DVT or Deep Vein Thrombosis: Causes, Symptoms, Treatments
What is DVT (Deep Vein Thrombosis)?
Deep Vein Thrombosis or DVT is a condition where there is formation of blood clot (thrombus) in deep seated veins. It commonly occurs in the region of calf muscles. The common causes are surgical procedures and long-haul flights.
Deep Vein Thrombosis is the presence of blood clot or a thrombus in a vein. It commonly occurs in the calf muscle area especially after surgery and long-haul flights. Individuals who are overweight, over the age of 50 or those who have poor blood circulation are at high risk for developing DVT. This condition becomes life threatening if a piece of the clot breaks off and enters into blood circulation towards heart, lungs or brain. It may result in a heart attack, stroke or pulmonary embolism.
What Are The Causes of DVT (Deep Vein Thrombosis)?
- Continuous sitting as seen in prolonged travelling by airplane, car or train.
- Immobility due to hospitalization, surgery etc.
- Trauma or injury to the lower leg (vein) as seen in fractures, bruised leg or as a complication after a surgical procedure.
- Pregnancy and the postpartum period.
- Hypercoagulability of the blood due to certain medications e.g. birth control pills, smoking, genetic predisposition, polycythemia and cancer.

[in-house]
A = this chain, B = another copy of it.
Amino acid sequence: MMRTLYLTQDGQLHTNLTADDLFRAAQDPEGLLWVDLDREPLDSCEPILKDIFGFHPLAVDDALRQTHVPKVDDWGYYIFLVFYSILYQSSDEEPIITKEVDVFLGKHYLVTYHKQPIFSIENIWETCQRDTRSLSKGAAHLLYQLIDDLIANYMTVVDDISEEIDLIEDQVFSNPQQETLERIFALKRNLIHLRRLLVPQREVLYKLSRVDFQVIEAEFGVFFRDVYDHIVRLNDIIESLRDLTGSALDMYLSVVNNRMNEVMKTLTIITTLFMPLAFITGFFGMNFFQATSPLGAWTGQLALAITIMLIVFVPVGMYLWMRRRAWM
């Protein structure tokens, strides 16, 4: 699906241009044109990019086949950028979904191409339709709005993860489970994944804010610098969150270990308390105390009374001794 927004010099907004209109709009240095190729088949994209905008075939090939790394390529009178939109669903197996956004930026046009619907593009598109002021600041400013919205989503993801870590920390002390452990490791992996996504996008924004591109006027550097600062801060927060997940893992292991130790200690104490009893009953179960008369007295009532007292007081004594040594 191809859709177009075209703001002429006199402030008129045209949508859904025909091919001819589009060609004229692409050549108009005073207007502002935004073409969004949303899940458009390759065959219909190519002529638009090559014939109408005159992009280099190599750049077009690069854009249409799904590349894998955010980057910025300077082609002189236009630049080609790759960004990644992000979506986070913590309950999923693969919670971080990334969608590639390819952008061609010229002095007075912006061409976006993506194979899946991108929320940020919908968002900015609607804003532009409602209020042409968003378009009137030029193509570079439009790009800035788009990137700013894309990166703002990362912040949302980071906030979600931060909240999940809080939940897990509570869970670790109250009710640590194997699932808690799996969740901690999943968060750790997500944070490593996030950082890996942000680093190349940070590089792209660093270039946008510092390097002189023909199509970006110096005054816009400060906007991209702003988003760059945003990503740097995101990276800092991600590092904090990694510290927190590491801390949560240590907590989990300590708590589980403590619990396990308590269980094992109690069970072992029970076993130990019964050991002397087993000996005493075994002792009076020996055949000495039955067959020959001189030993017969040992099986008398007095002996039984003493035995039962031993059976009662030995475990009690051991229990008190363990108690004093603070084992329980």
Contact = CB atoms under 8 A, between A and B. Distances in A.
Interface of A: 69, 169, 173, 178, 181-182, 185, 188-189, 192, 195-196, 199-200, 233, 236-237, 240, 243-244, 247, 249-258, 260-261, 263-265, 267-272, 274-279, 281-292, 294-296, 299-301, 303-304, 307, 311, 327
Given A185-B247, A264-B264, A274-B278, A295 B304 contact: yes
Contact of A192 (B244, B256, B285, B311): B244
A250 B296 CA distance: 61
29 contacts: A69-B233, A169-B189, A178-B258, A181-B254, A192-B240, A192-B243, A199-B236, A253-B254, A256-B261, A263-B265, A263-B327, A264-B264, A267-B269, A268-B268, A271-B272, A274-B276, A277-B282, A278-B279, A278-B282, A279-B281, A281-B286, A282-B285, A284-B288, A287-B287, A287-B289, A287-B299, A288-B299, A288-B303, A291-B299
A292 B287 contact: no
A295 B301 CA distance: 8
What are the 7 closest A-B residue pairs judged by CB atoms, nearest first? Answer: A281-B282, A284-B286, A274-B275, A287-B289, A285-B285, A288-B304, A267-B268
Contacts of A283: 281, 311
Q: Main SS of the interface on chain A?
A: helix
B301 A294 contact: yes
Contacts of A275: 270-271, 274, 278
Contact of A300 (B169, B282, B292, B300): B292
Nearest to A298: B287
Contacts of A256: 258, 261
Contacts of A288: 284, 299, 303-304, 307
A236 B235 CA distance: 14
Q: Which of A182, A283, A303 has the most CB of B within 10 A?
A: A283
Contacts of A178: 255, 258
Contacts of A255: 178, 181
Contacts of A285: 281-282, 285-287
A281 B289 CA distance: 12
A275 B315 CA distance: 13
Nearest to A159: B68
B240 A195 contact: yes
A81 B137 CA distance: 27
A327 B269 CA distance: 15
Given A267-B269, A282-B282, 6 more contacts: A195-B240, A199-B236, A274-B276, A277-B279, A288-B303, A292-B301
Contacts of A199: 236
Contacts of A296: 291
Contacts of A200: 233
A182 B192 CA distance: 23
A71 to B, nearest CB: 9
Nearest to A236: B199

What are the Symptoms Observed in Patients with DVT (Deep Vein Thrombosis)?
- Persistent calf pain.
- Tenderness, redness and warmth is present.
- Pain upon dorsiflexion of the foot.
- In severe cases where a piece of blood clot breaks and enters the circulation may result in stroke, pulmonary embolism or heart attack with symptoms such as chest pain and shortness of breath. This requires immediate medical condition.
What are the Treatment Options for DVT (Deep Vein Thrombosis)?
- Immediate medical attention should be sought.
- A scan helps in confirming the diagnosis.
- Superficial blood clots can be treated with warm compresses, compression of the leg and anti-inflammatory medications such as ibuprofen and naproxen.
- Heparin (anti-coagulant) injections can be given daily for up to seven days.
- Warfarin is an anti-coagulant medication which should be taken in a pill form, daily, for a period of 6 months.
- Regular blood tests should be taken to monitor the warfarin dose.
- Warfarin should be taken with caution as excess of this medicine increases the risk of bleeding and if it is taken in less quantity, then it may lead to increase in the clot size.
- Warfarin should be avoided in pregnant ladies as it can cause birth defects in the baby.
- Surgery is required for those patients who have contraindication to blood thinners or who have recurrent blood clots while on anti-coagulant medications